General Chemistry Review
From Gen Chem to Org Chem, Pt. 8 – Ionic and Covalent Bonding
Last updated: February 21st, 2020 |
Previously, I’ve been talking about how Coulomb’s law – the attraction and repulsion between charges – affects the properties of atoms, and is responsible for the phenomenon of chemical bonding. Let’s review.
- Atoms share electron pairs between them. These relationships are called chemical bonds.
- Atoms have a property called electronegativity, which is a measure of how much they attract electrons toward themselves.
Here’s the important consequence of these two facts: when bonds form between atoms of different electronegativity, the electron pair in the bond will not be shared equally. It will be polarized toward the atom with the greater electronegativity. What this means is that the more electronegative element will have greater electron density (a net negative charge) and the less electronegative element will have lower electron density (a net positive charge).
The greater the difference in electronegativity, the greater the polarization.
Sometimes the “sharing” of electrons to form a bond is sharing in name only. Let’s say the parents of two boys, aged 10 and 8, give them a $20 bill “to share” between them, and walk away. Assuming no further parental interference, what do you think the odds are that the money will get split 50/50 ? Pretty slim (I speak from personal experience). Although the two brothers are nominally sharing $20, it’s the older brother who has the power to deliver an unbreakable Full Nelson, and thus holds the majority of the purchasing power.
So it is with atoms. At one end of the scale you have the bonds of a highly electronegative element like fluorine with a poorly electronegative element like lithium. In lithium fluoride, the bond is so highly polarized that essentially one can think of lithium’s electron as residing exclusively on the fluorine, so that fluorine has a full octet. This type of bonding is referred to as ionic [ions = charged atoms or molecules] , and the bonding behaves essentially like the attraction between two point charges obeying Coulomb’s law.
On the other end of the scale, you can have an element like fluorine bound to itself, where there is no dipole (elecronegativity difference being zero) and hence the bonding is not ionic, but what we call covalent – a full and equal partnership.
In between the extremes there are shades of both. Here’s an important point. just as one should be hesitant in looking at issues in black and white, chemical bonding is no different. There’s a temptation to look at bonds as either covalent OR ionic; instead, it may be more helpful to look at in terms of flavor or character – bonds can have differing amounts of covalent or ionic character. So the middle cases have a lot of shades of both.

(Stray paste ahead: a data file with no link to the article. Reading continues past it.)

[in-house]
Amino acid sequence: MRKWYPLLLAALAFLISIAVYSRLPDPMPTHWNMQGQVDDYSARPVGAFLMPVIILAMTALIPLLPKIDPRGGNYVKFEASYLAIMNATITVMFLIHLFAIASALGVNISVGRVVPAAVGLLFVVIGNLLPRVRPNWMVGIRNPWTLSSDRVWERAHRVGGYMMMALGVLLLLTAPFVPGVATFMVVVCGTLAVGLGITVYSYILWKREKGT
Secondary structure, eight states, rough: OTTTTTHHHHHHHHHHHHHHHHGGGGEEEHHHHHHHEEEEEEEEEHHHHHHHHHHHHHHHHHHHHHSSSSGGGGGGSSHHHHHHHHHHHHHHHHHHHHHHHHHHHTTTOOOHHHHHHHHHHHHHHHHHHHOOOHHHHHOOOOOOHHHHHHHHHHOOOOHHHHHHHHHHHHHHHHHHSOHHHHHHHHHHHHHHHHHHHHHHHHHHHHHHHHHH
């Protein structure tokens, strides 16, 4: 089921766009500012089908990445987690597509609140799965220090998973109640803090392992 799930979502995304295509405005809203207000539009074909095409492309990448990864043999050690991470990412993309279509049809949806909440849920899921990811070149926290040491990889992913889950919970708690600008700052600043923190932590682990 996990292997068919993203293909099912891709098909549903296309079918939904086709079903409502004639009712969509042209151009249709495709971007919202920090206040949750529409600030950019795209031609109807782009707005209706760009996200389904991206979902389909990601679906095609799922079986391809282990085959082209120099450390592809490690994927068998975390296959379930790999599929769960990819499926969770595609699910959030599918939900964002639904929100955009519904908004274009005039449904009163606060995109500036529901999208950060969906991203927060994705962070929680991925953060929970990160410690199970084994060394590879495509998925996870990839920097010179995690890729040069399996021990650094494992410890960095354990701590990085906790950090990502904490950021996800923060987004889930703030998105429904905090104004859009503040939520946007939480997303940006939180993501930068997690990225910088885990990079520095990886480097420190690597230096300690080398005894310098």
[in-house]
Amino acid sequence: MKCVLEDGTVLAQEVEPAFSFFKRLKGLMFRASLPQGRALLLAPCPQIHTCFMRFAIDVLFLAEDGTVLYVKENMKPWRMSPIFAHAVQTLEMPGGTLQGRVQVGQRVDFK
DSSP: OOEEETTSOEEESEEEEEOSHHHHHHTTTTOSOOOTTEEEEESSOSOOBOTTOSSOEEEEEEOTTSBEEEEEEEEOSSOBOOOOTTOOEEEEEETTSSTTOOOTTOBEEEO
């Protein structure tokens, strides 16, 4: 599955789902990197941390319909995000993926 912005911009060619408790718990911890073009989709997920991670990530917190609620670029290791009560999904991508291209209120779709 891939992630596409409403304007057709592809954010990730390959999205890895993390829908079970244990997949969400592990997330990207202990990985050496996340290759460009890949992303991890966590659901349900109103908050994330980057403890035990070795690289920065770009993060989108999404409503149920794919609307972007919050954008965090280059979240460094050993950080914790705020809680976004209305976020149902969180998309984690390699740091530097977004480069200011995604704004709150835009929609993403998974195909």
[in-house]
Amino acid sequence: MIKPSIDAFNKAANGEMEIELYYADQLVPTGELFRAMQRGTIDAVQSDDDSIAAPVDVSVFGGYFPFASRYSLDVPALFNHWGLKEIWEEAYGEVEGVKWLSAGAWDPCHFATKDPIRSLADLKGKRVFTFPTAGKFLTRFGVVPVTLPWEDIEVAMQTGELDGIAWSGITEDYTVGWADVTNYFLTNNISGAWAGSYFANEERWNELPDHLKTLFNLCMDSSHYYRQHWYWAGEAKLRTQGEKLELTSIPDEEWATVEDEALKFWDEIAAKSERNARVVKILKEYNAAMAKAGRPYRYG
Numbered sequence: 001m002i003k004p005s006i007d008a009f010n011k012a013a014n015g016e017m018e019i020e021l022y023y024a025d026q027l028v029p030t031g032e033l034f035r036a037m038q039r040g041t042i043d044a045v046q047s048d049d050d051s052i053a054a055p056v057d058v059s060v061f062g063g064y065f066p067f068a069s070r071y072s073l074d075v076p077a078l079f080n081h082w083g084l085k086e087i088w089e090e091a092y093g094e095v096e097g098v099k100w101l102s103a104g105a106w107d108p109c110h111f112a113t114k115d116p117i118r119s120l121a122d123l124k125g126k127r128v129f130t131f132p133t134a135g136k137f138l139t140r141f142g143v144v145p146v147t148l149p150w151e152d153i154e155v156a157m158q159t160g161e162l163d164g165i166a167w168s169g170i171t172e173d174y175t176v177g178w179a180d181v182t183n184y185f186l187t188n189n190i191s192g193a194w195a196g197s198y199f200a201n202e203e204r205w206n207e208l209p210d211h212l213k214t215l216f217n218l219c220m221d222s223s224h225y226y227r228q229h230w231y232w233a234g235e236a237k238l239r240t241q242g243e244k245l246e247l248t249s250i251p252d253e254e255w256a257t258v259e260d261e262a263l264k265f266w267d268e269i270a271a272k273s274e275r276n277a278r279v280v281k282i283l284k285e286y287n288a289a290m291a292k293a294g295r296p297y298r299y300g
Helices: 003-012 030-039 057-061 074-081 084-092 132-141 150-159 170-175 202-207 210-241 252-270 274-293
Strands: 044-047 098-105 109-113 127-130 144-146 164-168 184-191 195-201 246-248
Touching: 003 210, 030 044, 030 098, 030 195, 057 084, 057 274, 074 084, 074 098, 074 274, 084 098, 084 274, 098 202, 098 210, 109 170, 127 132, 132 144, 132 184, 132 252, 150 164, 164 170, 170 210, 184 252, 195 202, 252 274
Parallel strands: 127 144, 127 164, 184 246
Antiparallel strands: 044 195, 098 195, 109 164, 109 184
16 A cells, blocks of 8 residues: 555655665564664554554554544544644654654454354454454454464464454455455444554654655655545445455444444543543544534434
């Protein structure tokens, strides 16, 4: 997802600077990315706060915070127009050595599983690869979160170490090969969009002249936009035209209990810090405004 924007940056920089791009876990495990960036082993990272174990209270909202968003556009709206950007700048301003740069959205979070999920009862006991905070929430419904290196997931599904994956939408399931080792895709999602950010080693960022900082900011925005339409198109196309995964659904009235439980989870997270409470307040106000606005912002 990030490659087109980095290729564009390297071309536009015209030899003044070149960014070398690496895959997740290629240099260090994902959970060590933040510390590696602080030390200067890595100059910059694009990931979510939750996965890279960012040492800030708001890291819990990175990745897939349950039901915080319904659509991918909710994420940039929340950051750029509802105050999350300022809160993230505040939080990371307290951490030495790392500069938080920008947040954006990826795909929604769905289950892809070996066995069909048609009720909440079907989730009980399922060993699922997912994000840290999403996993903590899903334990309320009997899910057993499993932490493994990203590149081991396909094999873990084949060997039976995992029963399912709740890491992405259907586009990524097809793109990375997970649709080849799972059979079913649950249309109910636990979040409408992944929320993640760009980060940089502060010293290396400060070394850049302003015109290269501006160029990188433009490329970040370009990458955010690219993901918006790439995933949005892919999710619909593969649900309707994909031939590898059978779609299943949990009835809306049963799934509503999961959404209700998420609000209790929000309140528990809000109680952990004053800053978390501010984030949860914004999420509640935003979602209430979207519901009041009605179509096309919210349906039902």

So what implications does this have for organic chemistry? Too many to talk about in depth! This is the key phenomenon which underlies a lot of the richness of chemistry. But here are a few examples.
- Boling points/melting points – in general, the more polarized the molecule, the higher the boiling point/melting point. Water is a highly polarized molecule, considering the difference in electronegativity between oxygen (3.4) and hydrogen (2.2) reflected in its extremely high boiling point (relative to its molecular weight) of 100 °C.
- Solubility – You’ve probably come across this as the easy-to-remember slogan “like dissolves like”. In general, the more polarized the molecule, the better will be the solubility in a polar solvent (like water, with its polarized O-H bonds).
- Acidity – the electronegativity of the atom bound to hydrogen is an important factor (though not the only one!) in determining the acidity of a molecule
- Reactivity – for organic chemistry, this is extremely important for the purposes of looking at carbon. Atoms with high electron density will tend to form bonds at carbons with low electron density, and vice versa.
Learning to recognize dipoles at carbon is one of the key skills that will help you determine its reactivity, as you’ll see when you learn about electrophlicity (electron-deficiency) and nucleophilicity (electron-richness).
I often think of electronegativity as one of the key factors that give atoms their unique personalities. If we go back to my whimsical analogy of atoms as shepherds and electrons as sheep, you can think of electronegativity as being a lot like greed. The greediest shepherd, Fluorus, will partner with (one) other shepherd so that he can follow Octavius’ rule, but the partnerships he enters are usually far from equal (Think of Fluorus as the Gordon Gekko of our little shepherd world). Fluorus hoards the pair of sheep to himself as much as possible, leaving the other shepherd in the bargain somewhat bereft.
This is a brief treatment of one of the most fundamental concepts in chemistry, but we’ll be coming back to it again and again. Take home message: Pay close attention to the differences in electronegativity between atoms!
(Advanced) References And Further Reading
- Principles of electronegativity Part I. General nature. R. T. Sanderson Journal of Chemical Education 1988 65 (2), 112
- Principles of electronegativity Part II. Applications. R. T. Sanderson Journal of Chemical Education 1988 65 (3), 227
These two papers by R.T. Sanderson of Arizona State University has a brief and very clear discussion of the concept of electronegativity, how it has been historically measured, and how it may be improved, as well as a discussion on the importance of partial charges in aiding student understanding of chemical reactions.